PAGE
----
Work visa alarm


A wage war is breaking out in Queenstown as business owners desperately call on the government to extend work visas.

With fewer staff to cook, clean or wait tables, industry leaders fear for the resort’s reputation come the end of the month, when thousands of Australians are expected to start holidaying here.

It’s the lifeline many have been longing for, but with the government dithering over a third working holiday visa extension, many of the town’s depleted workforce are already checking for flights home.

Hotels and restaurants face a difficult three weeks as both cold weather and the Melbourne lockdown affect what hours they can offer staff.

It makes retention difficult, right when they need to be ramping up recruitment.

Carlyn Topp, of Highview Apartments, says small business owners are being squeezed the most.

“The big global companies ditched half their staff, and now they’ve got the money to offer a lot more pay than us.”

Staff were supported with meals and accommodation during tough times, but some are now quitting to chase more hours or 50 cent per hour pay rises, Topp says.

It’s resulting in what Chamber of Commerce boss Ruth Stokes calls a ‘‘people-go-round’’.

The government’s slow immigration review’s putting untold stress on migrant workers, Crowne Plaza boss Stewart Manson says.

‘‘If they could give some certainty sooner or later . . . and return essential skills visas from six months to 12 months, that would allow us and our employees to do some forward planning.’’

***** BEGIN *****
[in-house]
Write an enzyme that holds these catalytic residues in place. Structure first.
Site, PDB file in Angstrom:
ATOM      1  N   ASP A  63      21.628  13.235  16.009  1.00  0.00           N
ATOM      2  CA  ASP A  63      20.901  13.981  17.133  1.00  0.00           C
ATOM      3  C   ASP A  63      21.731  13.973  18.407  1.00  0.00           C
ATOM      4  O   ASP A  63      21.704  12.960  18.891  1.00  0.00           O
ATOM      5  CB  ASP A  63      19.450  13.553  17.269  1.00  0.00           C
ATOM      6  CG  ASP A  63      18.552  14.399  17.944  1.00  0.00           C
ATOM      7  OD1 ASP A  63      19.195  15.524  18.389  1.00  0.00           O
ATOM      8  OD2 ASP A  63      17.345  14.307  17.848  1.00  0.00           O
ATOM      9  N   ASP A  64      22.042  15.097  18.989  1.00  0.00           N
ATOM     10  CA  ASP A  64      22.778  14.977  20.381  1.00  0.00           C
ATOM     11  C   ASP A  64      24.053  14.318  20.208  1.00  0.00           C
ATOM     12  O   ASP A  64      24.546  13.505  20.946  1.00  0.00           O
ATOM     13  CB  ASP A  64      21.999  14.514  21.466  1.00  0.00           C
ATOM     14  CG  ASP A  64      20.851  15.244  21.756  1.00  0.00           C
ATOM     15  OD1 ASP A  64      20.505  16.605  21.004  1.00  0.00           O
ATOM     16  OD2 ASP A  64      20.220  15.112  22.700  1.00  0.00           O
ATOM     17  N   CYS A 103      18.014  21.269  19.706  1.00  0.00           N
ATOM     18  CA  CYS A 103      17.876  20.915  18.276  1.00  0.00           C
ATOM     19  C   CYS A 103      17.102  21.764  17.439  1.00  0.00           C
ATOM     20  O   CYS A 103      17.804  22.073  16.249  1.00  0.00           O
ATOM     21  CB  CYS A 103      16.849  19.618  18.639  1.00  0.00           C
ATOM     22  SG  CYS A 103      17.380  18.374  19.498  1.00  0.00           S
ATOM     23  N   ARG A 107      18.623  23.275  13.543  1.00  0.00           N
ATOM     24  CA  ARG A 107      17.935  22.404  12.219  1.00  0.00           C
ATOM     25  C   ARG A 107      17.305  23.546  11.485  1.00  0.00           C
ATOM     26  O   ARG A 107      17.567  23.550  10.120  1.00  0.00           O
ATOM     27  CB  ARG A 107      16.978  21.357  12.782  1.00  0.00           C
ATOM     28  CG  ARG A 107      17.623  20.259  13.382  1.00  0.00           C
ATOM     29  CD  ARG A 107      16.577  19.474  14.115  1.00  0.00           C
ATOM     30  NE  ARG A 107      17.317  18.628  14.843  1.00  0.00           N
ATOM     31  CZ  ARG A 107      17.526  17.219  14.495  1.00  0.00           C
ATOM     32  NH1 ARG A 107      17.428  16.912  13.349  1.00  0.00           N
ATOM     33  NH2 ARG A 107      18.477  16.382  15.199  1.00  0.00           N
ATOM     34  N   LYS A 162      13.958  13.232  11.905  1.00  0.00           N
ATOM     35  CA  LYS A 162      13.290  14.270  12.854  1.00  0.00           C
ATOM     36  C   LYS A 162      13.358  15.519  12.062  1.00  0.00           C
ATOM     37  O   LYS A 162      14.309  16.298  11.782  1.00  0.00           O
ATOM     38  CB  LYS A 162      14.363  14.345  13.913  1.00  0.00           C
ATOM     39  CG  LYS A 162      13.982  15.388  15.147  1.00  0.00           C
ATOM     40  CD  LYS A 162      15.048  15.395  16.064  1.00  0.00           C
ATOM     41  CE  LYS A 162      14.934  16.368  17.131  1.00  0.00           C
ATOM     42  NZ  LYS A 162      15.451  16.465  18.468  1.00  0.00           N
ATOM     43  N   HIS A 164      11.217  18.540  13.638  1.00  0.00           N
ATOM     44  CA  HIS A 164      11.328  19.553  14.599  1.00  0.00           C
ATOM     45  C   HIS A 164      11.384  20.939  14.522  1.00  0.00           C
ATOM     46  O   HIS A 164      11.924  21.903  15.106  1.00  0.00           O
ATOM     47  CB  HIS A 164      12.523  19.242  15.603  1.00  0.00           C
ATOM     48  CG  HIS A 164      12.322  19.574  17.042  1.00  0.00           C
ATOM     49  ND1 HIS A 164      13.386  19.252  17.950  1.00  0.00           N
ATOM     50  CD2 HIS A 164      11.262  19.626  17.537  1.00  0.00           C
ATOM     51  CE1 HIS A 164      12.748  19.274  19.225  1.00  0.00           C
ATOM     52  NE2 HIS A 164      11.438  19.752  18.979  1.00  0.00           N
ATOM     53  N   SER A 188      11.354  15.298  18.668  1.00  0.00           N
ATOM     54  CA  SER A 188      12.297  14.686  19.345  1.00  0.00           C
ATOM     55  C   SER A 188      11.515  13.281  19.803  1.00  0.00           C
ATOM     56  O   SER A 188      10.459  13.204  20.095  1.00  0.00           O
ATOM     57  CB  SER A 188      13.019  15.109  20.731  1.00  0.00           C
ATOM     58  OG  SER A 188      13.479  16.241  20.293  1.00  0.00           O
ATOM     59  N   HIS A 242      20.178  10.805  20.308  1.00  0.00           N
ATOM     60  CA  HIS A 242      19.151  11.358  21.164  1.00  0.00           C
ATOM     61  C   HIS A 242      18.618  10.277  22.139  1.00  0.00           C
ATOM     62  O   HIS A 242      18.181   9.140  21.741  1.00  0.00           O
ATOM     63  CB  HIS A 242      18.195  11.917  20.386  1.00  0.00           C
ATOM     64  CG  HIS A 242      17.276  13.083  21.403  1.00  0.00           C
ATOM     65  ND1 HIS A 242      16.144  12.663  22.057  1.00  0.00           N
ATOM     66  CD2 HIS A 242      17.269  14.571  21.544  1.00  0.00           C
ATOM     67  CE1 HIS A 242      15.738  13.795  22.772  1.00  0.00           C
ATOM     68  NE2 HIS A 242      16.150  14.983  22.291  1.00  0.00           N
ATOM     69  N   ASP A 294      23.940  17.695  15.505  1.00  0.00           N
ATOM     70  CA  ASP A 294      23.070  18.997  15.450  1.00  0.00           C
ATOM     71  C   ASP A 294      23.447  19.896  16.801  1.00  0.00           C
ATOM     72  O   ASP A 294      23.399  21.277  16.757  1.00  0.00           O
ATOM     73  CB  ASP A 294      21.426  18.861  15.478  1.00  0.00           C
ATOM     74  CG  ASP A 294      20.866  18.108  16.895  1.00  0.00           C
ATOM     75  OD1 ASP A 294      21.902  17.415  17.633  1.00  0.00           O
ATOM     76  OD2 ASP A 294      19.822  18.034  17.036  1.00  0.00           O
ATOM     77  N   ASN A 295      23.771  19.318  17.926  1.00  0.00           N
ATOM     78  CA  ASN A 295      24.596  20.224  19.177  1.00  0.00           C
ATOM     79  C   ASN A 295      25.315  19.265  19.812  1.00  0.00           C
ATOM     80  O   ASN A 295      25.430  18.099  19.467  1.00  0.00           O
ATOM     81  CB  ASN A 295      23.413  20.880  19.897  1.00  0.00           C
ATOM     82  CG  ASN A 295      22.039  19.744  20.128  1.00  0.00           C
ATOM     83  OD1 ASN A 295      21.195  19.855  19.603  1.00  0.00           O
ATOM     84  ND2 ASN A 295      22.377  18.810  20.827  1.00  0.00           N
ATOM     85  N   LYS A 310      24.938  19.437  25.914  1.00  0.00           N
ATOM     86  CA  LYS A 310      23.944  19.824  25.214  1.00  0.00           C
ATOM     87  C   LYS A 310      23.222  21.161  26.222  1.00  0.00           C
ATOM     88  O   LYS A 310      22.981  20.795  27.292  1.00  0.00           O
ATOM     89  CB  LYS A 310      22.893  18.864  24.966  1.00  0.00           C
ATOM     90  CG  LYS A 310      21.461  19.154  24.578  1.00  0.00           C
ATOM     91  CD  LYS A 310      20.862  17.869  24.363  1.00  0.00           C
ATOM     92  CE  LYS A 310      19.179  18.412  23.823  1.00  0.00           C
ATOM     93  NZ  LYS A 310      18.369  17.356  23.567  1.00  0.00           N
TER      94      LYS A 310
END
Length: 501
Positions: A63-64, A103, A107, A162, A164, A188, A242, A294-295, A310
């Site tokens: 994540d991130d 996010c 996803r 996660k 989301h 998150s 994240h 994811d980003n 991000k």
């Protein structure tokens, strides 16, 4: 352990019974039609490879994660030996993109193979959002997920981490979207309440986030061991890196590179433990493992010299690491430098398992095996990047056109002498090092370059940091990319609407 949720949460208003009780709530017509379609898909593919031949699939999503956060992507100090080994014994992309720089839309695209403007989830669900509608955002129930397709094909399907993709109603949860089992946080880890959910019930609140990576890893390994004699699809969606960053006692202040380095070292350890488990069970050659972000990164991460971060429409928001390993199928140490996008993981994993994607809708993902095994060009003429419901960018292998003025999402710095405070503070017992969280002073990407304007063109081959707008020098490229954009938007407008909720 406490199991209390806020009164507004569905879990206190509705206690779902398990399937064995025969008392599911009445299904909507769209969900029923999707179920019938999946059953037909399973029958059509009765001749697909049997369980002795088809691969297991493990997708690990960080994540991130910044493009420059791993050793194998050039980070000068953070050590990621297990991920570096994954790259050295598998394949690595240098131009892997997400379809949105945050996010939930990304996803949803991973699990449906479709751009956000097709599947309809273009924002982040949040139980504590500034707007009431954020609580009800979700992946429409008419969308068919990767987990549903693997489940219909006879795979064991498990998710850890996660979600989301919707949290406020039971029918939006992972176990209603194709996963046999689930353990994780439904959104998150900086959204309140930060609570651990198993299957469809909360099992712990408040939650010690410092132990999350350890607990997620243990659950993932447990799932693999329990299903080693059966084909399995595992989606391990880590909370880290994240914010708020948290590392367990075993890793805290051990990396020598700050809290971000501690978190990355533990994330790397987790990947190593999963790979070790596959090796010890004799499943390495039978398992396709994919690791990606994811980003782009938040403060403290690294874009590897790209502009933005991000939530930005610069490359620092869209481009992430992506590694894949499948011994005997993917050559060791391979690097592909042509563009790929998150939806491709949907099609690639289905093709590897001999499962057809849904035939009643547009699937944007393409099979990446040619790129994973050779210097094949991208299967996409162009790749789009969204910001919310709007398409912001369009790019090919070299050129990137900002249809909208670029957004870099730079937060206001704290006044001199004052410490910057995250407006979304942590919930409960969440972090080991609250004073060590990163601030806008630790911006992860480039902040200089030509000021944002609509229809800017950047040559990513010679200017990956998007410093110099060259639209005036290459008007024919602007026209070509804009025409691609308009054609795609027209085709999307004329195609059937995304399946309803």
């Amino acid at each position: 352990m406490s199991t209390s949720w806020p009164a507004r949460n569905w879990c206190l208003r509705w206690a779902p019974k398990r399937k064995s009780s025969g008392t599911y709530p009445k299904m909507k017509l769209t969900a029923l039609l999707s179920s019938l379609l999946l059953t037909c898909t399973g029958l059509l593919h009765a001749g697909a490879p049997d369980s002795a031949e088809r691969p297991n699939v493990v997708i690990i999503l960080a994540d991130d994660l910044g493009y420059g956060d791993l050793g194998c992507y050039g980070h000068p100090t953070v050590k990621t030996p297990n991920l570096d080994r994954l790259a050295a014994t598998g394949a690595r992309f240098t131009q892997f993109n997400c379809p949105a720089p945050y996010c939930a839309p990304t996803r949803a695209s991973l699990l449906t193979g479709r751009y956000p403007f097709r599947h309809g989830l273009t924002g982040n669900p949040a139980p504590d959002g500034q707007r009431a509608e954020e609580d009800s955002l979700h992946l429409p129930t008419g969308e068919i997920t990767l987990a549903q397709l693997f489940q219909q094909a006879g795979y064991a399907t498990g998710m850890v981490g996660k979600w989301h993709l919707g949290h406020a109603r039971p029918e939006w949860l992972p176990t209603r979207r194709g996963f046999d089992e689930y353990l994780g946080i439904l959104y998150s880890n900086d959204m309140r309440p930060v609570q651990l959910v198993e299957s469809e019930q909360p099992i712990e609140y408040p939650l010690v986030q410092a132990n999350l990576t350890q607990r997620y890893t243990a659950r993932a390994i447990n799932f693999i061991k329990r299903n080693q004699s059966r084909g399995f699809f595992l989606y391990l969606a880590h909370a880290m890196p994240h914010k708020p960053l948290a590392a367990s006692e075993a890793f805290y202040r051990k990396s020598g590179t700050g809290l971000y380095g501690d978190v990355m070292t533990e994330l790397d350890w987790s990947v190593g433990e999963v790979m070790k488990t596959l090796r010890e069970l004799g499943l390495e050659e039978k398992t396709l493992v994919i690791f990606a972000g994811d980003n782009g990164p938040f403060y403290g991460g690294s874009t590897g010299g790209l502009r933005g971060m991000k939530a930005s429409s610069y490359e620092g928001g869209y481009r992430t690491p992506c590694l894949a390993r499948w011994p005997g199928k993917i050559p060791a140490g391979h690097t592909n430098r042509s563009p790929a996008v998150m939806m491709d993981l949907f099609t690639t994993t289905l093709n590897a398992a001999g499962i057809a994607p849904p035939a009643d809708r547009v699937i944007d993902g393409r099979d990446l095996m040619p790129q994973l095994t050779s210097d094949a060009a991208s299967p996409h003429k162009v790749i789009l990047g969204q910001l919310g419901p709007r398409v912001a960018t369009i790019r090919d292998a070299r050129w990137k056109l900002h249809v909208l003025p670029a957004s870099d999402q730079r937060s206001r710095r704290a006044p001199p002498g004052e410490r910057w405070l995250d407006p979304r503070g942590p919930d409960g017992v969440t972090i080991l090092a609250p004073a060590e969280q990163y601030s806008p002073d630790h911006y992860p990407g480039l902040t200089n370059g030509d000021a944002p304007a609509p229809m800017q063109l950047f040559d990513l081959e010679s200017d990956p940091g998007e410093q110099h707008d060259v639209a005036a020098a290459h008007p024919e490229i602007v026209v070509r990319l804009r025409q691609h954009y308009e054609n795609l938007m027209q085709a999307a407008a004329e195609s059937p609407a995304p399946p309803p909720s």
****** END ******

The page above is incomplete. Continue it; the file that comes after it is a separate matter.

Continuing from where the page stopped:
St Moritz manager Jo Finnigan says the delay comes with financial implications.

‘‘I have the odd staff member whose essential skills visa is expiring, and they’re wondering ‘do I spend $500 going for another visa, or is the government going to give everyone another six months?’

‘‘My belief is no one can give great service when they’re anxious and worried.’’

Finnigan adds many of the ‘‘wonderful contributors to New Zealand’’ face a return to countries rife with Covid-19.

As for the government’s ‘Kiwis-first’ approach to jobs, Topp and Finnigan say they’d love to employ New Zealanders, but they’re not applying.

Finnigan says offering accommodation or other types of perks to encourage out-of-work Aucklanders to relocate is stifled by the current tax regime.

Topp, who sits on the Central Otago branch of Hospitality NZ, is working with Wakatipu High School to offer students part-time roles, or leavers easy access to employment.

Pier restaurant supervisor Toby Barnes says he’s heard nationalistic rhetoric in every country he’s been to, but the reality is the domestic workforce often doesn’t want seasonal jobs in tourist areas.

That said, he’s happy to train them up, but some roles such as senior chefs need experience and the CVs coming in are thin.

Immigration run-around

Their notice given, bags packed and flights booked, English couple Charley Cook and partner Tom Lockyer were practically at the airport when the government announced the last working holiday visa extension.

Cook says they were facing an anxious return to lockdown Britain and few job opportunities.

‘‘Our visas were due to expire on December 22, so obviously we thought we were going.
‘‘It got extended on December 21.’’

It took her six weeks to find a new position, and the couple were reliant on Lockyer’s employers fortunately taking him back.

‘‘We called up Immigration and wondered if it was still technically our first year — UK citizens can apply for a second year — but nobody had an answer.

‘‘It took four months for them to send the extension confirmation, so we had nothing to prove our visas were valid.’’

Six months on, they still don’t know if they’re eligible to apply for a second year.